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Prospectus requirements

Applicability and exemptions

When must a prospectus be filed? Are there any notable exemptions?

There are two situations where a prospectus must be filed: where transferable securities are offered to the general public and where such securities are admitted to trading on a regulated market.

There are a few exemptions pursuant to which a prospectus does not have to be prepared, of which the most relevant ones are:

  • where the offering is directed solely towards qualified investors (the definition of which is set out in the Swedish Financial Instruments Trading Act (1991:980) and the Swedish Securities Market Act (2007:528));
  • where an offering is made to fewer than 150 persons (other than qualified investors) per European Economic Area state;
  • where an offering amounts to at least €100,000 per investor or where the nominal value of the securities offered amounts to at least €100,000;
  • where the aggregate amount to be paid for the securities relating to an offering corresponds to a maximum of €2.5 million over 12 months; and
  • where the number of new shares offered amounts to less than 10% of the number of shares of the same class that is already admitted to trading on the relevant regulated market.

Content

What must the prospectus contain?

In general terms, a prospectus must contain all the information that is necessary for an investor to be able to make an informed assessment of the issuer and the transferable securities that are being offered or admitted to trading. Detailed requirements are set out in the Prospectus Regulation (Commission Regulation 809/2004) and the Swedish Financial Instruments Trading Act.

Filing and approval procedure

What is the procedure for filing for and obtaining prospectus approval from the regulator? Can draft prospectuses be submitted to the regulator for preliminary comment?

The procedure relating to the filing for and obtaining of prospectus approval is typically initiated by the submission of an application for prospectus approval to the Swedish Financial Supervisory Authority. The application shall include the prospectus, the authority’s checklists (which correspond to the annexes to the Prospectus Regulation), and the relevant application form. The Swedish Financial Instruments Trading Act provides that a decision by the authority generally must be taken within 10 business days of receiving a complete application. However, with respect to issuers that have not previously offered shares to the public or been admitted to trading on a regulated market, the processing time is 20 business days. The authority must release its decision and a potential request for additional information as soon as possible, and, in any case, no later than 10 business days after the date of the submission of the application. The processing time may be delayed if the issuer makes amendments to the prospectus, if such changes have not been requested by the authority. Once the prospectus has been approved by the authority, no amendments may be made. Subsequent to the obtaining of the approval, the prospectus must be made public (eg, on the issuer’s webpage).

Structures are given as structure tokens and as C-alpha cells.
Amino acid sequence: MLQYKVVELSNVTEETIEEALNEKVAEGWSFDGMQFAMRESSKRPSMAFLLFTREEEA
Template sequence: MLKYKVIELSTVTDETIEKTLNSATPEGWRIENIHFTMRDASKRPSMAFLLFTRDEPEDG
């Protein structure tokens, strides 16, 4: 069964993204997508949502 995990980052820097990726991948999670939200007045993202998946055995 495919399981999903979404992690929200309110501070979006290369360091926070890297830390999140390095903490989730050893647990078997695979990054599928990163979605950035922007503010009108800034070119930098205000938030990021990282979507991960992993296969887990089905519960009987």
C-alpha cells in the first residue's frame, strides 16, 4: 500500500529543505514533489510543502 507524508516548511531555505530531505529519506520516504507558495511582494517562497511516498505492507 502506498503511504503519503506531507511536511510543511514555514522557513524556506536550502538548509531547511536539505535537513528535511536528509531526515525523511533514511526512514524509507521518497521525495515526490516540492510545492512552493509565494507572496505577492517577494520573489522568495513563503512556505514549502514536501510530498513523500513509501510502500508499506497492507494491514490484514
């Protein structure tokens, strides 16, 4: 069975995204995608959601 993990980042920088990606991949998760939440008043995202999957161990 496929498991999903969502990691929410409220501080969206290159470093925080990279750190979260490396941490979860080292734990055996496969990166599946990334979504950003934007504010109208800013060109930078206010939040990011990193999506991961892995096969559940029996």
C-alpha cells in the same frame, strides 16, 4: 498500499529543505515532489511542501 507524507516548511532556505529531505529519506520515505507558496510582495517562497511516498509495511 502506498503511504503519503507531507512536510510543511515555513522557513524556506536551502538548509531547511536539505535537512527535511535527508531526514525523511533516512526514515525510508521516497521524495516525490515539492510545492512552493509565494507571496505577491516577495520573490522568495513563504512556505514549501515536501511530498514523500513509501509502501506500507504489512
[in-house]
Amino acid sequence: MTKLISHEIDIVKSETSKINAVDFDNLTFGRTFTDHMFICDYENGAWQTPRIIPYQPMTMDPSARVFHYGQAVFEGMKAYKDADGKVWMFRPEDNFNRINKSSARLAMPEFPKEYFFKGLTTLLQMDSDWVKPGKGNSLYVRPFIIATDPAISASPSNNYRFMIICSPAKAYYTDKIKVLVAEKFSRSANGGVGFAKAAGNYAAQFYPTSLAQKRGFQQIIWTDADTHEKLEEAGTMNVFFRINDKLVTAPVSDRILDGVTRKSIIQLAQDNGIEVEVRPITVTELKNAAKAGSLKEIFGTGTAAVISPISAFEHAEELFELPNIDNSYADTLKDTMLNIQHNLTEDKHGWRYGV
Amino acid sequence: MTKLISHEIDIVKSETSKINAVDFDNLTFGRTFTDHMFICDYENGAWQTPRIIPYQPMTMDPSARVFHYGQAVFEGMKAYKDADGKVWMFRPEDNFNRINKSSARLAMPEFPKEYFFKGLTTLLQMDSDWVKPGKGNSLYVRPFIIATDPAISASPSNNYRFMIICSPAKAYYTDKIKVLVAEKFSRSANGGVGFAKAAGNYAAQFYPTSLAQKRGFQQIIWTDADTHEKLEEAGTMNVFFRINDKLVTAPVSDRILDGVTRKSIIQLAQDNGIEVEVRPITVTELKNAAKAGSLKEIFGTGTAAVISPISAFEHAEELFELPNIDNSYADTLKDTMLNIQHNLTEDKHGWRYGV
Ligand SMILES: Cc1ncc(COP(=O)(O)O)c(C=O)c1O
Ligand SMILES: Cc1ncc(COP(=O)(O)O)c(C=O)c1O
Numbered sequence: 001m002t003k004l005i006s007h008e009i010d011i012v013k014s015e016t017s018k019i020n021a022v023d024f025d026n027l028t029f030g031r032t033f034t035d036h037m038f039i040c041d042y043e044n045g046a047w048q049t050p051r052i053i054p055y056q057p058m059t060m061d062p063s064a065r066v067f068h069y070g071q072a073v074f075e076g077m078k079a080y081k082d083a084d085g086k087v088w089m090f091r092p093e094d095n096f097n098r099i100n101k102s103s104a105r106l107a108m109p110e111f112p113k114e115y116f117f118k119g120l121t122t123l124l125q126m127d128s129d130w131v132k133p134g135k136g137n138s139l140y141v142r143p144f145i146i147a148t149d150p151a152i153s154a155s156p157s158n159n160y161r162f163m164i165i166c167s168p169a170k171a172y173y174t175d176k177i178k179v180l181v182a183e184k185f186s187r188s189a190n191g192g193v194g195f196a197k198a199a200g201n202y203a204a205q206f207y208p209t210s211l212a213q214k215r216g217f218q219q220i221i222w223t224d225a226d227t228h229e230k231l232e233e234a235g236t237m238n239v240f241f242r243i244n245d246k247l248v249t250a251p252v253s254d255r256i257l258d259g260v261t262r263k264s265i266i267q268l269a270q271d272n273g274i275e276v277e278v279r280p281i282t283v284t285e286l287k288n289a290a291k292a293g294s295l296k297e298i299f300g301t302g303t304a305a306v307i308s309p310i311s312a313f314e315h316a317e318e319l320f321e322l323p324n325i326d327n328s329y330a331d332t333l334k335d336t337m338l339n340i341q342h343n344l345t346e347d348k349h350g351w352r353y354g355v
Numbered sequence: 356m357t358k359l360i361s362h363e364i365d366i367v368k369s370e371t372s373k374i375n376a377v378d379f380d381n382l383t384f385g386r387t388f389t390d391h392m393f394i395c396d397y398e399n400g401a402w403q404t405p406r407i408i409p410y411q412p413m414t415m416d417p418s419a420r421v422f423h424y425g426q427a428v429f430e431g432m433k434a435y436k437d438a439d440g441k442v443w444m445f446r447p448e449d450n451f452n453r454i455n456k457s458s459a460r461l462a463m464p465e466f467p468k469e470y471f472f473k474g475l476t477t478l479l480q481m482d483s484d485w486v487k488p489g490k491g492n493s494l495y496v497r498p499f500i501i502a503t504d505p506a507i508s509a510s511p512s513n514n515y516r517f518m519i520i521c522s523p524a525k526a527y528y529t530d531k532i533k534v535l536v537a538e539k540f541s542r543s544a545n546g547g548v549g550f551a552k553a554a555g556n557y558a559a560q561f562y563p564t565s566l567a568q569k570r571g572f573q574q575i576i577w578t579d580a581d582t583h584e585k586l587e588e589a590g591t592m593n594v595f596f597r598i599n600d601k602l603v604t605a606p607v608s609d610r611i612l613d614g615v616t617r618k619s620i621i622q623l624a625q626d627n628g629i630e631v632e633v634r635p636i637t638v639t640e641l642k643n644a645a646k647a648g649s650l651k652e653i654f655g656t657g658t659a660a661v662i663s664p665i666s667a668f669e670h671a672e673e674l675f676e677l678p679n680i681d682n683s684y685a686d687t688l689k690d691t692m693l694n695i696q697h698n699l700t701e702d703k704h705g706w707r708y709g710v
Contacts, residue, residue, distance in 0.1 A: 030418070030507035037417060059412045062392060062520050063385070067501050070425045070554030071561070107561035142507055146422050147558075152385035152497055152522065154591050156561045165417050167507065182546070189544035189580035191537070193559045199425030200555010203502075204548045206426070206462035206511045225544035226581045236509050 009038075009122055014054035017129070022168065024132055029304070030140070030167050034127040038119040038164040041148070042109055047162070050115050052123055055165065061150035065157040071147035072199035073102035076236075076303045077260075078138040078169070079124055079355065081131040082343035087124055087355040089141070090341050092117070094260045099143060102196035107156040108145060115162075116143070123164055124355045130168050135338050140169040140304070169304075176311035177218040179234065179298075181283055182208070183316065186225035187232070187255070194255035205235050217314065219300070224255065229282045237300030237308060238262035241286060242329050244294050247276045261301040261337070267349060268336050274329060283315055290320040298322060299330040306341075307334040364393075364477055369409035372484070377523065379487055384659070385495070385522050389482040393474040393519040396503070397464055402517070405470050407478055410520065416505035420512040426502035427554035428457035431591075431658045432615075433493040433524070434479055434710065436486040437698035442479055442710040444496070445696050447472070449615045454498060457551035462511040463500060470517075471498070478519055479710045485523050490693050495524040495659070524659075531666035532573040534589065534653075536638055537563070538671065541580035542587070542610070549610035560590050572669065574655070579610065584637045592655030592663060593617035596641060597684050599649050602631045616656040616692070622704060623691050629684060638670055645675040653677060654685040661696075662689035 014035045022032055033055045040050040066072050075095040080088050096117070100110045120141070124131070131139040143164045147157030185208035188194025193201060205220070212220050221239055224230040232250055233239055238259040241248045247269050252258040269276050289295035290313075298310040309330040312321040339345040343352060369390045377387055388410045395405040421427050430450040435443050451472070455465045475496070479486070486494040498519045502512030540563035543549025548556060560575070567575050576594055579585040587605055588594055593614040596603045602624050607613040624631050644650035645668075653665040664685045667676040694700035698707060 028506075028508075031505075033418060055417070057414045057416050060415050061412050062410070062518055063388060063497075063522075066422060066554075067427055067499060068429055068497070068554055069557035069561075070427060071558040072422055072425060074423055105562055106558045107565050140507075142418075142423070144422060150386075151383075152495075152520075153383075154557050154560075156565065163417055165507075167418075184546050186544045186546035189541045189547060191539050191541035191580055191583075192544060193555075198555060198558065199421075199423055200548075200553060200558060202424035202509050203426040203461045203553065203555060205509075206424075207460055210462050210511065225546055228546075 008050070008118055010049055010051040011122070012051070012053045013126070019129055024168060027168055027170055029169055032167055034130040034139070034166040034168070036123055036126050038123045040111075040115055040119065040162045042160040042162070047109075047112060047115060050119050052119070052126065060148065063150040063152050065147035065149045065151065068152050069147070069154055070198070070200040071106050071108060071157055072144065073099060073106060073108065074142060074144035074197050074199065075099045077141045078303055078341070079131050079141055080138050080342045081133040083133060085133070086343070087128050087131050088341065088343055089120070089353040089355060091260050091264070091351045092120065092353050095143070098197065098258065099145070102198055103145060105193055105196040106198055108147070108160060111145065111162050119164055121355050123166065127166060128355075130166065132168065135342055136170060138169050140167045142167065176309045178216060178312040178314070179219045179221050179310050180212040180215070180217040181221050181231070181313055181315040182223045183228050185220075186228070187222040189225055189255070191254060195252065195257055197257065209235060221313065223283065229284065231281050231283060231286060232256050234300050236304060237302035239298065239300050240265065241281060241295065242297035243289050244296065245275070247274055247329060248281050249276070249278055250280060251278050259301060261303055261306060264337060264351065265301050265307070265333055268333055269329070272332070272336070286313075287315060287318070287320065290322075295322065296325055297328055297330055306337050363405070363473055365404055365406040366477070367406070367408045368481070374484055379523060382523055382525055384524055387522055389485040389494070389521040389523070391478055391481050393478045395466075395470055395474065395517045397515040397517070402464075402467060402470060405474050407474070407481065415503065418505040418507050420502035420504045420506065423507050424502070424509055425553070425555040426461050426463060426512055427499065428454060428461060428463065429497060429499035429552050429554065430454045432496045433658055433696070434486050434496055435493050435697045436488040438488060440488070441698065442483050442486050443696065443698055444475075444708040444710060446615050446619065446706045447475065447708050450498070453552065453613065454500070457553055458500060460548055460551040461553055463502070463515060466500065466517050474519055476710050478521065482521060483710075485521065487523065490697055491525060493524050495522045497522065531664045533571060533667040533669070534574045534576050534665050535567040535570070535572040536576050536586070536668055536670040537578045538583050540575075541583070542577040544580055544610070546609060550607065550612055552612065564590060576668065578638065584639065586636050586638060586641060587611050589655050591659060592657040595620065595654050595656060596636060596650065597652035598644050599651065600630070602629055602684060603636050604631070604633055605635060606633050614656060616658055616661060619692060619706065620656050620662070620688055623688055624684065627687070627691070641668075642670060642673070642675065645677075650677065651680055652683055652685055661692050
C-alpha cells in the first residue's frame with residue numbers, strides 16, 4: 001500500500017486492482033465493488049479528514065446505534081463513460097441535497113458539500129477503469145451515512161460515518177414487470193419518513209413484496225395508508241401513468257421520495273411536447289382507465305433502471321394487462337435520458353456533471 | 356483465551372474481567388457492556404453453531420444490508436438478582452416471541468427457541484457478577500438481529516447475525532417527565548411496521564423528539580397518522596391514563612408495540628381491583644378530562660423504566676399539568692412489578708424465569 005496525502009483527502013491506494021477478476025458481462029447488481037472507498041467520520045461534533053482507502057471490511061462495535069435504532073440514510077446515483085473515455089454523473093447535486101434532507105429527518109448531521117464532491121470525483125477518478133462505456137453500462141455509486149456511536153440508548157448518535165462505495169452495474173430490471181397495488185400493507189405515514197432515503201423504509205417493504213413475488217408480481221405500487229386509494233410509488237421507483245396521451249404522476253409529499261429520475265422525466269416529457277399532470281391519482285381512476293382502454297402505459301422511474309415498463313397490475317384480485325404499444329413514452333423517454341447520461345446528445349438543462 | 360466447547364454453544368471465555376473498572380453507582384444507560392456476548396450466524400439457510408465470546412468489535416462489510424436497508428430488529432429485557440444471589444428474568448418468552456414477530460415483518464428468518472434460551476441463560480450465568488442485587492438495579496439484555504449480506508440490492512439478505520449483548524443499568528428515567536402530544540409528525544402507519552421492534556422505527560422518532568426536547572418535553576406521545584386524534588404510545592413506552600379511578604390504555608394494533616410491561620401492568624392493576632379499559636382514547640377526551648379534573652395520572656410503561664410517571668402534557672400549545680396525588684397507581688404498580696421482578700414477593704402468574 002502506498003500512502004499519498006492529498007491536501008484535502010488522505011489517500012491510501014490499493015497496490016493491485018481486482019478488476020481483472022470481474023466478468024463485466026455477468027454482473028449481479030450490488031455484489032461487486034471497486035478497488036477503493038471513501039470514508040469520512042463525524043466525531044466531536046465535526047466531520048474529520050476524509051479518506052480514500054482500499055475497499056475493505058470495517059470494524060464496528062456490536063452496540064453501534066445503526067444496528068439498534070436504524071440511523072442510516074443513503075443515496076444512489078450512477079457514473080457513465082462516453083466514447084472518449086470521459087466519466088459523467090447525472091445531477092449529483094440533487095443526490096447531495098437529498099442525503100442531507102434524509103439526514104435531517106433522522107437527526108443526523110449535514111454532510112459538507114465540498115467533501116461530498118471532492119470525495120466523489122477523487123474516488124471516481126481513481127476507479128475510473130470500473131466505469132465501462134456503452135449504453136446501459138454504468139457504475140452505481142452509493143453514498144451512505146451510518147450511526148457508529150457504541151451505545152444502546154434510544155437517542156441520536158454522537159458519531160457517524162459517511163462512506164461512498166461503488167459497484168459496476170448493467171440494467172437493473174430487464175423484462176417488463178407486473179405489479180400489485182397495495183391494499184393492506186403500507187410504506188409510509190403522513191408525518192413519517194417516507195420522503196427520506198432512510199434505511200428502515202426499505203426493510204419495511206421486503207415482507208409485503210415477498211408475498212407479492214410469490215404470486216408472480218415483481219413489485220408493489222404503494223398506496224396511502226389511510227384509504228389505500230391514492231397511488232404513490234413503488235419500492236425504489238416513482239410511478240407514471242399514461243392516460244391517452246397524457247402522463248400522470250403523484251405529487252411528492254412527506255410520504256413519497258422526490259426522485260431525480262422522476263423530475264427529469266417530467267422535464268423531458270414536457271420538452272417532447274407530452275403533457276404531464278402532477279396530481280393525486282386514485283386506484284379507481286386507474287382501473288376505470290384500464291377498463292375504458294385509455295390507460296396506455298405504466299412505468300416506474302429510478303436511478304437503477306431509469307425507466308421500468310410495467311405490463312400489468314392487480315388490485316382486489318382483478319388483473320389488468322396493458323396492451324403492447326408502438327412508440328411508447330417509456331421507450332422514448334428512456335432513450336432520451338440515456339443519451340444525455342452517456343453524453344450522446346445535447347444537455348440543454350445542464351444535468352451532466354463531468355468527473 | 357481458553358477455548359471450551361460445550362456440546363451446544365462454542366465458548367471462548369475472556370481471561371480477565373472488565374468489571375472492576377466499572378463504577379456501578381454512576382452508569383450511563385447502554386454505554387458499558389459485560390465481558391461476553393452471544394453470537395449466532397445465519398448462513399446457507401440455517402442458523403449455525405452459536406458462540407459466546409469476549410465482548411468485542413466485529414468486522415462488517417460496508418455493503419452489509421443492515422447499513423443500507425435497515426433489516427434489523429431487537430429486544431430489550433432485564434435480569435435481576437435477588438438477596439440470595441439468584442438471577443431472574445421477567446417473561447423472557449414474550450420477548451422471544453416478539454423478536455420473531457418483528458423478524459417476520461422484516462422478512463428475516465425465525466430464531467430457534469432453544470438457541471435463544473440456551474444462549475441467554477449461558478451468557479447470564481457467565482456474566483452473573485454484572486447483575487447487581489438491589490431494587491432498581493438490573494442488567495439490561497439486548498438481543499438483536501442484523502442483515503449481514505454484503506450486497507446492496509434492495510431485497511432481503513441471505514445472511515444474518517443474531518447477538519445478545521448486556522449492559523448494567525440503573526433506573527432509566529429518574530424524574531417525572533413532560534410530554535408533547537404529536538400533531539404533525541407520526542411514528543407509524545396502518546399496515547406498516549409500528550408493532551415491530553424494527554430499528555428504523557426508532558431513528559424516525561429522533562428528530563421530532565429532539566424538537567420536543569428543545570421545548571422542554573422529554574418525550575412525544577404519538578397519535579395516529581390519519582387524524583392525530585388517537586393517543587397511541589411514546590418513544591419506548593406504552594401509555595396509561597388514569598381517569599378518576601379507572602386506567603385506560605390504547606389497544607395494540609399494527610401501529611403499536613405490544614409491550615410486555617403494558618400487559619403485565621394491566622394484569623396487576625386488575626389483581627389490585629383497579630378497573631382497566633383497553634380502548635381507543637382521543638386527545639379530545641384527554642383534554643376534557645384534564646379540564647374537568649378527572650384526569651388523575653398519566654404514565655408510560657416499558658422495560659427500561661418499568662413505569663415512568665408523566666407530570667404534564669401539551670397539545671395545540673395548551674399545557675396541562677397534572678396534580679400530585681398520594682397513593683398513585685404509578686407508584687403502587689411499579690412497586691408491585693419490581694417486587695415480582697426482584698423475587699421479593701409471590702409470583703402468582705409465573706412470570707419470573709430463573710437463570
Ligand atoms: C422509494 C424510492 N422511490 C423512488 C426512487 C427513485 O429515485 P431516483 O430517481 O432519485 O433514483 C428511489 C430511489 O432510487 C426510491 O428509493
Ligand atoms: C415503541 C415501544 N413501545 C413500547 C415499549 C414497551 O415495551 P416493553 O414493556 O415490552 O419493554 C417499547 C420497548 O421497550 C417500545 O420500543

It is possible to submit draft prospectuses to the Swedish Financial Supervisory Authority for preliminary comments.

Prospectus liability

What types of prospectus liability can arise (eg, statutory, contractual, tort)? Which parties may be held liable?

Under the Swedish Companies Act (2005:551), a founder, director, managing director or auditor of a company who, in performing his or her duties, intentionally or negligently causes damage to the company, must pay compensation for that damage. If a company has prepared a prospectus in accordance with the Swedish Financial Instruments Trading Act, the same applies to damage resulting from contravention of the prospectus rules of said act or of the Prospectus Regulation.

There is uncertainty as to whether under Swedish law the issuer can be held liable to pay damages to investors due to untrue statements or omissions in the prospectus.

What defences are available for liable parties?

Customary procedural defences are available in relation to proceedings regarding prospectus liability.

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